Nothing says ‘divisible’ like ‘under God’

Regardless of personal religious beliefs, students should learn about the importance of religious liberty and why it is threatened when the government endorses any religious view.

As a baseball-loving elementary school student in the early 1950s, two apparently unrelated changes became part of my daily life. The Cincinnati Reds transformed into the Cincinnati Redlegs, and the words “under God” were added to the Pledge of Allegiance. Actually, they were related—to the fear of Communism then prevalent in the United States during the shameful McCarthy era.

Patriotism, at the time, was often displayed through symbolic gestures that distinguished us from the Soviet Union. Both the Cincinnati team and the Soviet Union were “Reds,” and we didn’t want anyone in 1953 to believe participants in our national pastime could be card-carrying members of the Communist Party. It’s a wonder we didn’t remove a color and give two cheers for a new version of “Old Glory” in just white and blue. By 1959 our national chromatic fears had diminished, so the team once again became the Cincinnati Reds, their original name when they joined the National League in 1890.

Besides being red, the Soviet Union was also godless. So in 1954 our politicians added “under God” to the “one nation, indivisible” Pledge of Allegiance, which was originally written in 1892, only two years after the Reds entered the National League. And thus we turned our unifying and inclusive secular pledge into a divisive and exclusive religious pledge that public school students were expected to recite every day.

Here my analogy ends. Professional baseball teams are private, and it’s none of the government’s business what a team calls itself. The Reds changed their name for a silly reason and wisely returned to their traditional name, but that was their choice. They can change their name to the “Under God Reds” if they want, though they would lose a lot of atheist fans. On the other hand, public schools are not private. The government funds public schools and it must not imply to students or their parents that the government favors one religion over another or religion over non-religion.

Recent court cases have argued that the pledge should be declared unconstitutional, and perhaps brought back to the traditional “one nation, indivisible” form. A lower court agreed with attorney Michael Newdow, bringing suit on behalf of his school-aged daughter, that the phrase “under God” in the pledge constitutes an endorsement of religion, and therefore violates the Establishment Clause of the First Amendment. However, the U.S. Supreme Court overruled Newdow on procedural grounds, citing that he did not have custody of his daughter after a divorce and therefore didn’t have the right to bring suit on her behalf.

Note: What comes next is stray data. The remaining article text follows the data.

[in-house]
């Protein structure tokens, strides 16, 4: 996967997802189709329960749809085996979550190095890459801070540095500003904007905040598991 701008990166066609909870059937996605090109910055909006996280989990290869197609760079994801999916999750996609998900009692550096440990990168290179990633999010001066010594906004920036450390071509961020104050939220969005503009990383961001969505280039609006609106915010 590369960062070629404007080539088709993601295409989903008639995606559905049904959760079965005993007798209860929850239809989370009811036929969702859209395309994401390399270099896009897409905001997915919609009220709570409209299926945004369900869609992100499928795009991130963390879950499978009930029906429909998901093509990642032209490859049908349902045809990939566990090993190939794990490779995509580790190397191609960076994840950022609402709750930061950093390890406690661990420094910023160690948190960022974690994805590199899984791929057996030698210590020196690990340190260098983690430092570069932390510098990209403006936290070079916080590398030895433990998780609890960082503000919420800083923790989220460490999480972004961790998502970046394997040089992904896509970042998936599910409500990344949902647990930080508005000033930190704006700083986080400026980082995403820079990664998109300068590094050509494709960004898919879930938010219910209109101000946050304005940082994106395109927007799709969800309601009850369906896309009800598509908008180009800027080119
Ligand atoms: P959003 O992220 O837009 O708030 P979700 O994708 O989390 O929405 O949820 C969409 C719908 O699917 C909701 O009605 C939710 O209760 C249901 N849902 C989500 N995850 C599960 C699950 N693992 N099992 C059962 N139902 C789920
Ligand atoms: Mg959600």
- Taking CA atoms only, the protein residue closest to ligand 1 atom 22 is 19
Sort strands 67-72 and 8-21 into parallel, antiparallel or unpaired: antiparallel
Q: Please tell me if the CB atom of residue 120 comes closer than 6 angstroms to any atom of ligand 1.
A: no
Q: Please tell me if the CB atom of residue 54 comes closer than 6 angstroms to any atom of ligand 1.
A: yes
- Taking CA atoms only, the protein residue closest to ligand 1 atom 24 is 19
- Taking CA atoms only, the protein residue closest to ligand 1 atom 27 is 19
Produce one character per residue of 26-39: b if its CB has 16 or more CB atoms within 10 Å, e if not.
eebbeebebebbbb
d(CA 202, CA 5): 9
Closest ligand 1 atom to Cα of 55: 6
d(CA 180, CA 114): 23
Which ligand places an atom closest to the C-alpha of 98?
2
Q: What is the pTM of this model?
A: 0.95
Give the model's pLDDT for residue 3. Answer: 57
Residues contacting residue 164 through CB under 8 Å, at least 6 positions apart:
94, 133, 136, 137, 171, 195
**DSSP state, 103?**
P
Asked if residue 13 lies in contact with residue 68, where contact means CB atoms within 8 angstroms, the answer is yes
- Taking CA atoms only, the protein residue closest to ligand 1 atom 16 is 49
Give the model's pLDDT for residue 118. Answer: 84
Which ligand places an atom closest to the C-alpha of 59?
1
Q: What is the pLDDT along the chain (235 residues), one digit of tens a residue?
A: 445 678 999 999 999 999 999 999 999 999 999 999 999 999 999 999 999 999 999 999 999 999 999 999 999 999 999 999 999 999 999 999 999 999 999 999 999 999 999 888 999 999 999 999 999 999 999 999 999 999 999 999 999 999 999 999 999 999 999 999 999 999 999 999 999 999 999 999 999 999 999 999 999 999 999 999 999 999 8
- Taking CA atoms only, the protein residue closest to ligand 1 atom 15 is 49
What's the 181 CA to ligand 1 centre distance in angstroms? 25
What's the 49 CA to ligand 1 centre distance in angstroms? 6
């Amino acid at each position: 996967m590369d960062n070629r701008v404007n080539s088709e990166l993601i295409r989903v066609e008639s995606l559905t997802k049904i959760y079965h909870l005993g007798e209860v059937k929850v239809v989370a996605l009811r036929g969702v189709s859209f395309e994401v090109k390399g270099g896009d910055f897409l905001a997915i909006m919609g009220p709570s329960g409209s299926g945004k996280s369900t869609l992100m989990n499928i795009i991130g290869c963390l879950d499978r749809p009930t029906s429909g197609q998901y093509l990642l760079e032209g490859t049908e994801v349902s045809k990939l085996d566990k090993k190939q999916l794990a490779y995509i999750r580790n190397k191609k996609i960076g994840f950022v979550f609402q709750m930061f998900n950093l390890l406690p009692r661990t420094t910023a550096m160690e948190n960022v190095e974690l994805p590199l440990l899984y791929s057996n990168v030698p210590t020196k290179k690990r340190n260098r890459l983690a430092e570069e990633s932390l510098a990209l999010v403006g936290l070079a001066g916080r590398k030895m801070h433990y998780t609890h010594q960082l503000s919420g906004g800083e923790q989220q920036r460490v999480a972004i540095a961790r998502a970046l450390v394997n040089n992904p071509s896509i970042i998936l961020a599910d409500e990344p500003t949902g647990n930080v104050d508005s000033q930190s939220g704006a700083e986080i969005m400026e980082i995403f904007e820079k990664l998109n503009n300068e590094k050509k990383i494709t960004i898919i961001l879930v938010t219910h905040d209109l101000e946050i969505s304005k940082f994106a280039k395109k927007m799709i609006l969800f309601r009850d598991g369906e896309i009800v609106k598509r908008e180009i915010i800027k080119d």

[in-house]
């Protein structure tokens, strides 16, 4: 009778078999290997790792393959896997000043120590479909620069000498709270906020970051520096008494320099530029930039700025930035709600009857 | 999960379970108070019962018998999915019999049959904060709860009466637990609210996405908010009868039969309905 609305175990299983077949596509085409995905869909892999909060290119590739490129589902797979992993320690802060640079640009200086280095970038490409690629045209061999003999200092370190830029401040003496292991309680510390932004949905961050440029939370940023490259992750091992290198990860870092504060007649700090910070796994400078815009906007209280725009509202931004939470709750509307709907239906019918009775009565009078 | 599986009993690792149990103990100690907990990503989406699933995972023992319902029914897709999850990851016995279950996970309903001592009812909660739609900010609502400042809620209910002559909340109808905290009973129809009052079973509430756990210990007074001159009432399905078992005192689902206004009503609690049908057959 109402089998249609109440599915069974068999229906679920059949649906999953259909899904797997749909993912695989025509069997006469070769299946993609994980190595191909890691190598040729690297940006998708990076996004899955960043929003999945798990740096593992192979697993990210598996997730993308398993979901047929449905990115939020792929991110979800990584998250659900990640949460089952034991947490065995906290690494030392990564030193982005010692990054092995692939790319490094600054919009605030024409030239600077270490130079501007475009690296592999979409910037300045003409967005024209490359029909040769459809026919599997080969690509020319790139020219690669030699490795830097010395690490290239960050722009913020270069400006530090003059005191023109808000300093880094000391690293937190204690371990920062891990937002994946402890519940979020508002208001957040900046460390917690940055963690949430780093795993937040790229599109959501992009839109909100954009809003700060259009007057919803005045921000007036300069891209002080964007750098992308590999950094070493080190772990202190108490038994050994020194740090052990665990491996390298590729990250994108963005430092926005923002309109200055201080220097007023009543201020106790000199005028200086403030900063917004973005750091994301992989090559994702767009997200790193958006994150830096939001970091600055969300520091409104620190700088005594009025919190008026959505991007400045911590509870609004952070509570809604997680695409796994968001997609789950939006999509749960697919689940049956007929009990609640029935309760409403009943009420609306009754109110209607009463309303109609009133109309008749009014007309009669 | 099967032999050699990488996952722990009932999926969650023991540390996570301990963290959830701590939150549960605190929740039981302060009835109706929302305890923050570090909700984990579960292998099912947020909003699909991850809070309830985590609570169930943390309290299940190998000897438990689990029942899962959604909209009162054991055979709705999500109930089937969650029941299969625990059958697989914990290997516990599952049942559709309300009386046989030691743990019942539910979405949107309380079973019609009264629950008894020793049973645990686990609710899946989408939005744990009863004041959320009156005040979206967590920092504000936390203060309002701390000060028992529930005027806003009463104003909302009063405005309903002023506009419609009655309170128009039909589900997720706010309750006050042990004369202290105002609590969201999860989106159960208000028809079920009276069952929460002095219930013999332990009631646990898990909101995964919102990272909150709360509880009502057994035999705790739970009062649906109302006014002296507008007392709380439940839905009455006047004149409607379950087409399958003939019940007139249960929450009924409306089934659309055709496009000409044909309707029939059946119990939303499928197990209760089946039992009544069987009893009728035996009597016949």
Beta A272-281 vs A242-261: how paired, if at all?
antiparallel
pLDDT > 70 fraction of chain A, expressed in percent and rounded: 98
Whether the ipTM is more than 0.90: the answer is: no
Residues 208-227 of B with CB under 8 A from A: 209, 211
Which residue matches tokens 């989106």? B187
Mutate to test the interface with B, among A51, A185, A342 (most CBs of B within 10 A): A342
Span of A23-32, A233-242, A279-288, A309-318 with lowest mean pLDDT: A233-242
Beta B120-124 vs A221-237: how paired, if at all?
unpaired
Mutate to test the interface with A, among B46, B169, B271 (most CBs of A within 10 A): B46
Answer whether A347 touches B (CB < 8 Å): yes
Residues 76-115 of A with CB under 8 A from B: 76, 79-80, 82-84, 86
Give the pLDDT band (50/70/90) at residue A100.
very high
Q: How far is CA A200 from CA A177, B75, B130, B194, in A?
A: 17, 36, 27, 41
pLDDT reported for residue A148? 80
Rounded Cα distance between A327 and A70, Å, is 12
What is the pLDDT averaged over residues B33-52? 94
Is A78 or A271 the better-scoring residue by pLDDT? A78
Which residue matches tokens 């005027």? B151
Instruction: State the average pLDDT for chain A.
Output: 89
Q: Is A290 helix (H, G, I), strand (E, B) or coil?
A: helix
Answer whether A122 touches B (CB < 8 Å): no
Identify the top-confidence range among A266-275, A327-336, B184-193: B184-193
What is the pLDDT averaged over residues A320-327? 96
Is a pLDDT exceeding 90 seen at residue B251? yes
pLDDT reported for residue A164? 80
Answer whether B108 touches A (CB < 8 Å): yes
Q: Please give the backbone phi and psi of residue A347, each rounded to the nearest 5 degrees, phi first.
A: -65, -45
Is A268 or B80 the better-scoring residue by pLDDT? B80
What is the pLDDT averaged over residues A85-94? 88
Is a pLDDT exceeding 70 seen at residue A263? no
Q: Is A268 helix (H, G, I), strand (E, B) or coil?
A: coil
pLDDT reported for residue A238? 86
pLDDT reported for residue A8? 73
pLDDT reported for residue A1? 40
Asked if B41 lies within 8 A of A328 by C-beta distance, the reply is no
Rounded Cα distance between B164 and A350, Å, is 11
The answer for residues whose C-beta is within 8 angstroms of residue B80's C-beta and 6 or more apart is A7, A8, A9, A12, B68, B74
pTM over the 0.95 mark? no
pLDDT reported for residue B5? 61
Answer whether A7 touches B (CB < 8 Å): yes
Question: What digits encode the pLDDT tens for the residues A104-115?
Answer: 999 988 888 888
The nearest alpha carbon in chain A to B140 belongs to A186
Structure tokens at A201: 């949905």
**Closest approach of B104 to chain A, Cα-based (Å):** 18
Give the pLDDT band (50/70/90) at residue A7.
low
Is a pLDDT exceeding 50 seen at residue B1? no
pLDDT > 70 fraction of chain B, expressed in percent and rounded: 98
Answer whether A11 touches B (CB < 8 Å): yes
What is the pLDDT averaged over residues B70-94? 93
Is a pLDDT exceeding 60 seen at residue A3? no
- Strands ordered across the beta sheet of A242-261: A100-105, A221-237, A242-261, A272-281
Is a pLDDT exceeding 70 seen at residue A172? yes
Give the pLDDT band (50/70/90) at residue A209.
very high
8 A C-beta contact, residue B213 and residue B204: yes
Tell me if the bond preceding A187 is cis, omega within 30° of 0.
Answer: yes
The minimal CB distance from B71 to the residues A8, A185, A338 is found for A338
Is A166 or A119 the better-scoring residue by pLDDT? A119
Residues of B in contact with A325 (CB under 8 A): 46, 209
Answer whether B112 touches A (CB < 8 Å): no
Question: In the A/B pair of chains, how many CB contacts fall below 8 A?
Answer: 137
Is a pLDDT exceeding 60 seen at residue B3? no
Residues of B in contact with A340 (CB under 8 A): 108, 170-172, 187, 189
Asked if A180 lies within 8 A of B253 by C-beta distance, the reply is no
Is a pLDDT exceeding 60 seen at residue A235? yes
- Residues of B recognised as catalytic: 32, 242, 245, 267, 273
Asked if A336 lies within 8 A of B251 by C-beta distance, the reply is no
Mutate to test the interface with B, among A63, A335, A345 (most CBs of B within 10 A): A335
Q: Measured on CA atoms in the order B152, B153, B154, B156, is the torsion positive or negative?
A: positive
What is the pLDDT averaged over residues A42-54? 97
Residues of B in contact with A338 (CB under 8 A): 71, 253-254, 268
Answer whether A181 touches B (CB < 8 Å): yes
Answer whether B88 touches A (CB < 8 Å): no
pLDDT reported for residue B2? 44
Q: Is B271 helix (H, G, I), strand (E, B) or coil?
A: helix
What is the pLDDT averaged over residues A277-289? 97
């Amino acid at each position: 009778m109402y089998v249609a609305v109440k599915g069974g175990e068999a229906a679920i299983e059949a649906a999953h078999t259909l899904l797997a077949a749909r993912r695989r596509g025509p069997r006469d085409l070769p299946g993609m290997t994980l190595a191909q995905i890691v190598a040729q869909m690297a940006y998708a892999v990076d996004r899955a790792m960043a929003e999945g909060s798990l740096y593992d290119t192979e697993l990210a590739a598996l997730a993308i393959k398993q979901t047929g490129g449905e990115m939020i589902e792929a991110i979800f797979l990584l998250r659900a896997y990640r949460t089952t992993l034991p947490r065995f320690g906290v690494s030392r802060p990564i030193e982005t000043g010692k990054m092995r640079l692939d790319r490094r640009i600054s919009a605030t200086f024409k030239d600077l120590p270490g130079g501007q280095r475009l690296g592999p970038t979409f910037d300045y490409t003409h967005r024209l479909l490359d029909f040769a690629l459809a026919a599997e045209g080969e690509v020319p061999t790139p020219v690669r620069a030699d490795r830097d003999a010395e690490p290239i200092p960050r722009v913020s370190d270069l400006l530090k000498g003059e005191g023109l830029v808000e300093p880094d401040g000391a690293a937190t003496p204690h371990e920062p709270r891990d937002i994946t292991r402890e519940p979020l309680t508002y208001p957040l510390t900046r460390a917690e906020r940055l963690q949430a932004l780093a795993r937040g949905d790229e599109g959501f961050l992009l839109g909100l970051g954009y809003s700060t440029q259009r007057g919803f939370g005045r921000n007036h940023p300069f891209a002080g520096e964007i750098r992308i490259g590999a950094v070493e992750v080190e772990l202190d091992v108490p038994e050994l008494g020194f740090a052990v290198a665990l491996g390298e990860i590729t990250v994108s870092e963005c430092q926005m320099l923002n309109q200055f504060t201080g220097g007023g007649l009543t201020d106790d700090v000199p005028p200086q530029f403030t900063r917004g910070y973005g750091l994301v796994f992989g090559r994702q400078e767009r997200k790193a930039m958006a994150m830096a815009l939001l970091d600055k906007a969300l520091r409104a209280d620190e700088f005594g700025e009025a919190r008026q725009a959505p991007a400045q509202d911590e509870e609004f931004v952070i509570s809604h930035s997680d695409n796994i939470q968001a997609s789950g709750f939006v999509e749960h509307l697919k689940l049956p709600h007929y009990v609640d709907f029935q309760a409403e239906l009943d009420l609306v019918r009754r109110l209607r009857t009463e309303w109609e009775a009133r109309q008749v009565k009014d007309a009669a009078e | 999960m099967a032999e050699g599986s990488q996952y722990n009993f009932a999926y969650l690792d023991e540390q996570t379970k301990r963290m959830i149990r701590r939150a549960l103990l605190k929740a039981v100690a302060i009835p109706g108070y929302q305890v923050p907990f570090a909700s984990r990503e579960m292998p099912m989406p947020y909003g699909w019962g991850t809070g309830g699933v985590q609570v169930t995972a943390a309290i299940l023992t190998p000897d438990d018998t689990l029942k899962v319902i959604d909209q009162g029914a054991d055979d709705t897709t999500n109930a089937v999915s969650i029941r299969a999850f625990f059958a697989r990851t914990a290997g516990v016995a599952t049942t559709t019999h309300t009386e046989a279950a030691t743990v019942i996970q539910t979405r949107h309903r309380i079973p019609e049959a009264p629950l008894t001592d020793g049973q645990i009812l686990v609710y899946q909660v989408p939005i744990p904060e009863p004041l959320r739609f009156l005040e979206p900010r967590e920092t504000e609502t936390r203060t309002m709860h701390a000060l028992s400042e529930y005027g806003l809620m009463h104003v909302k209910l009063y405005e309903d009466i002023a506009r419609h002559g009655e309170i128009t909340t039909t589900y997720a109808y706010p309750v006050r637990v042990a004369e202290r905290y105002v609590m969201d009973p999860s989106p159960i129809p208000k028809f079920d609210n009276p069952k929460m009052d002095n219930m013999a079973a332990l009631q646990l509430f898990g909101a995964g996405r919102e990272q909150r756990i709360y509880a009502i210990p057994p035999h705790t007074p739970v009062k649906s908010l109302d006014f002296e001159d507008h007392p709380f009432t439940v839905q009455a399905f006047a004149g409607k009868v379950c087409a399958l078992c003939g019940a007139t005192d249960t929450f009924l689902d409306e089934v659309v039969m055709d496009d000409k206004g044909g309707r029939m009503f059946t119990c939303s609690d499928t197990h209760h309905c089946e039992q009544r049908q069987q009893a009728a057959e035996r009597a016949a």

The latest case is different. On Sept. 4, instead of employing the Establishment Clause, Attorney David Niose argued in the Massachusetts Supreme Judicial Court that compulsory recitation of the pledge violates the Equal Rights Amendment of the Massachusetts Constitution, and is an issue of discrimination. This court had previously ruled on similar grounds that same-sex couples have the right to marry in Massachusetts.

Dave Niose presented a terrific case against the government’s telling students that the United States is “under God.” (Full disclosure: Dave is a friend and former president of the American Humanist Association, where I serve on its Board of Directors. He is also a very worthy successor to me as president of the Secular Coalition for America.) I think I’m being objective in appreciating Dave’s wonderful legal arguments, but I’m not a lawyer and I don’t play one for the Washington Post.

Niose argued that reciting the pledge in public schools for thirteen years alienates atheist students and their families, and he added that “under God” validates believers as patriots and invalidates atheists as second-class, unpatriotic citizens. (Dana Perino, Fox News pundit and former White House press secretary for George W. Bush, unintentionally buttressed Niose’s case about atheists being seen as second-class citizens when she said if atheists really don’t like the pledge, they don’t have to live here.)

The government cannot tell us we are one nation under God any more than it can tell us we are one nation under no gods. Freedom of religion guarantees our right to worship and believe in one, many, or no gods without government interference. Nothing says “divisible” like “under God.” We are legally one nation under the Constitution, geographically one nation under Canada, and unfortunately one nation under surveillance. But we are not theologically one nation under God.

There’s yet another similarity between 1950s changes in a baseball team’s name and changes in the Pledge of Allegiance: most Americans are unaware of the history behind either. I don’t care about baseball history, but all Americans should know the history of the pledge and of our founding as a secular nation with no mention of gods in our Constitution. This separation of religion and government has helped us weather internal conflicts for centuries.

Regardless of personal religious beliefs, students should learn about the importance of religious liberty and why it is threatened when the government endorses any religious view. But because so many Americans are ignorant of our past, and oppose the teaching of evolution and other scientific or social views that conflict with a literal interpretation of the Bible, we are really becoming one nation under-educated.

Image courtesy of Marshall Astor.

About

Herb Silverman Herb Silverman is founder and President Emeritus of the Secular Coalition for America, author of “Candidate Without a Prayer: An Autobiography of a Jewish Atheist in the Bible Belt,” and Distinguished Professor Emeritus of Mathematics at the College of Charleston.
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